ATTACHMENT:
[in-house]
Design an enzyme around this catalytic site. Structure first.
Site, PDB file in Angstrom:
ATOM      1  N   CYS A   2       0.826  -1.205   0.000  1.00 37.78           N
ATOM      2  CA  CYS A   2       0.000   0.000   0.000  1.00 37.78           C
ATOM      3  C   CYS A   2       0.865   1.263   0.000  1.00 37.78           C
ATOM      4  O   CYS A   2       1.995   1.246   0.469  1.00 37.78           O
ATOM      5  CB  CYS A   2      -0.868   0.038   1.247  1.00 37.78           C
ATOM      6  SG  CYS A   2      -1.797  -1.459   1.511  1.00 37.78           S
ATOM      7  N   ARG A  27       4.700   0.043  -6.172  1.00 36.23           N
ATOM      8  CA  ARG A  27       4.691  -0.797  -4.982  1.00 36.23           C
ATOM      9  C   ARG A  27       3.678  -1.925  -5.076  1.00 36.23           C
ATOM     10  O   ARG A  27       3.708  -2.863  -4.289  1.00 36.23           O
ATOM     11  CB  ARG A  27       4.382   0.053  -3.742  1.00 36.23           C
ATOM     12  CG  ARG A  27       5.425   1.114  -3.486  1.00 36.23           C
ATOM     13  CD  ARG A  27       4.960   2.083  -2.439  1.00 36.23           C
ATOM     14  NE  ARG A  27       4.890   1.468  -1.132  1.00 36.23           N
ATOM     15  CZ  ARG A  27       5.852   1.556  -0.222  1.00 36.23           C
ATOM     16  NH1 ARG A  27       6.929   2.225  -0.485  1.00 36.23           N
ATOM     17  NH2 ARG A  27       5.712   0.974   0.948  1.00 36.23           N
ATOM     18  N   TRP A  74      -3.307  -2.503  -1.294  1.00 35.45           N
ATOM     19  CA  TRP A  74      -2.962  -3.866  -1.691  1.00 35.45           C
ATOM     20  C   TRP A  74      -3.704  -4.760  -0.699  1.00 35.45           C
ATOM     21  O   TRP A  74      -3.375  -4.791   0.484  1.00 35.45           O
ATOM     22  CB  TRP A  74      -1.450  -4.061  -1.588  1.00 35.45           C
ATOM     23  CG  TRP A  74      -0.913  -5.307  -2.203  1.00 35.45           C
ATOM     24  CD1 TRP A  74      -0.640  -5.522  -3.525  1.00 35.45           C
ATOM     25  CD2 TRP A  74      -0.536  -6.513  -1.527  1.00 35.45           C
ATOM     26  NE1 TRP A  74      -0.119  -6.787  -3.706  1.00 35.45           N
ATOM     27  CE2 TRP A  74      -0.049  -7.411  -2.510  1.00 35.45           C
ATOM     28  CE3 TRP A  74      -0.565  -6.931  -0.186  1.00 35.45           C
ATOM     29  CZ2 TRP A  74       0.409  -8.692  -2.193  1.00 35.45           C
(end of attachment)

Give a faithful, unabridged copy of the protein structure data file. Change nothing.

[in-house]
Design an enzyme around this catalytic site. Structure first.
Site, PDB file in Angstrom:
ATOM      1  N   CYS A   2       0.826  -1.205   0.000  1.00 37.78           N
ATOM      2  CA  CYS A   2       0.000   0.000   0.000  1.00 37.78           C
ATOM      3  C   CYS A   2       0.865   1.263   0.000  1.00 37.78           C
ATOM      4  O   CYS A   2       1.995   1.246   0.469  1.00 37.78           O
ATOM      5  CB  CYS A   2      -0.868   0.038   1.247  1.00 37.78           C
ATOM      6  SG  CYS A   2      -1.797  -1.459   1.511  1.00 37.78           S
ATOM      7  N   ARG A  27       4.700   0.043  -6.172  1.00 36.23           N
ATOM      8  CA  ARG A  27       4.691  -0.797  -4.982  1.00 36.23           C
ATOM      9  C   ARG A  27       3.678  -1.925  -5.076  1.00 36.23           C
ATOM     10  O   ARG A  27       3.708  -2.863  -4.289  1.00 36.23           O
ATOM     11  CB  ARG A  27       4.382   0.053  -3.742  1.00 36.23           C
ATOM     12  CG  ARG A  27       5.425   1.114  -3.486  1.00 36.23           C
ATOM     13  CD  ARG A  27       4.960   2.083  -2.439  1.00 36.23           C
ATOM     14  NE  ARG A  27       4.890   1.468  -1.132  1.00 36.23           N
ATOM     15  CZ  ARG A  27       5.852   1.556  -0.222  1.00 36.23           C
ATOM     16  NH1 ARG A  27       6.929   2.225  -0.485  1.00 36.23           N
ATOM     17  NH2 ARG A  27       5.712   0.974   0.948  1.00 36.23           N
ATOM     18  N   TRP A  74      -3.307  -2.503  -1.294  1.00 35.45           N
ATOM     19  CA  TRP A  74      -2.962  -3.866  -1.691  1.00 35.45           C
ATOM     20  C   TRP A  74      -3.704  -4.760  -0.699  1.00 35.45           C
ATOM     21  O   TRP A  74      -3.375  -4.791   0.484  1.00 35.45           O
ATOM     22  CB  TRP A  74      -1.450  -4.061  -1.588  1.00 35.45           C
ATOM     23  CG  TRP A  74      -0.913  -5.307  -2.203  1.00 35.45           C
ATOM     24  CD1 TRP A  74      -0.640  -5.522  -3.525  1.00 35.45           C
ATOM     25  CD2 TRP A  74      -0.536  -6.513  -1.527  1.00 35.45           C
ATOM     26  NE1 TRP A  74      -0.119  -6.787  -3.706  1.00 35.45           N
ATOM     27  CE2 TRP A  74      -0.049  -7.411  -2.510  1.00 35.45           C
ATOM     28  CE3 TRP A  74      -0.565  -6.931  -0.186  1.00 35.45           C
ATOM     29  CZ2 TRP A  74       0.409  -8.692  -2.193  1.00 35.45           C